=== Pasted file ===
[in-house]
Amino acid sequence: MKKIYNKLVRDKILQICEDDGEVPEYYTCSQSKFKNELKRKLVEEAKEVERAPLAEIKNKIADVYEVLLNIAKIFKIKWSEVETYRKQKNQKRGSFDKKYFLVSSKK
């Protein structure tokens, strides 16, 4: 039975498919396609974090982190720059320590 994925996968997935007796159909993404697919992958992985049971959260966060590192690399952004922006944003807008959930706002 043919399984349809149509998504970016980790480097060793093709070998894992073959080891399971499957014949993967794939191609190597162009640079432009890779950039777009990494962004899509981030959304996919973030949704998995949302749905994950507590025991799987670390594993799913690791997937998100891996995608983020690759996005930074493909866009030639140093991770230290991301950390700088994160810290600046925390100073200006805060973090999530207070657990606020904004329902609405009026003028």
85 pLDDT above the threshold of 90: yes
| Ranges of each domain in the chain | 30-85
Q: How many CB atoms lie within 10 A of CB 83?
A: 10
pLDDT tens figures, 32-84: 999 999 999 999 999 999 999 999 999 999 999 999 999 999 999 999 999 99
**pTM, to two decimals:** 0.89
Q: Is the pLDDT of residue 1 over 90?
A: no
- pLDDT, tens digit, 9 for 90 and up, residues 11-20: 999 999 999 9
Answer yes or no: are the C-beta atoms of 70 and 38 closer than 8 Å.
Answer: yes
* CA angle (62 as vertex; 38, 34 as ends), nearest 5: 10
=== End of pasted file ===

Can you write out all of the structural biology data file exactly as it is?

[in-house]
Amino acid sequence: MKKIYNKLVRDKILQICEDDGEVPEYYTCSQSKFKNELKRKLVEEAKEVERAPLAEIKNKIADVYEVLLNIAKIFKIKWSEVETYRKQKNQKRGSFDKKYFLVSSKK
């Protein structure tokens, strides 16, 4: 039975498919396609974090982190720059320590 994925996968997935007796159909993404697919992958992985049971959260966060590192690399952004922006944003807008959930706002 043919399984349809149509998504970016980790480097060793093709070998894992073959080891399971499957014949993967794939191609190597162009640079432009890779950039777009990494962004899509981030959304996919973030949704998995949302749905994950507590025991799987670390594993799913690791997937998100891996995608983020690759996005930074493909866009030639140093991770230290991301950390700088994160810290600046925390100073200006805060973090999530207070657990606020904004329902609405009026003028």
85 pLDDT above the threshold of 90: yes
| Ranges of each domain in the chain | 30-85
Q: How many CB atoms lie within 10 A of CB 83?
A: 10
pLDDT tens figures, 32-84: 999 999 999 999 999 999 999 999 999 999 999 999 999 999 999 999 999 99
**pTM, to two decimals:** 0.89
Q: Is the pLDDT of residue 1 over 90?
A: no
- pLDDT, tens digit, 9 for 90 and up, residues 11-20: 999 999 999 9
Answer yes or no: are the C-beta atoms of 70 and 38 closer than 8 Å.
Answer: yes
* CA angle (62 as vertex; 38, 34 as ends), nearest 5: 10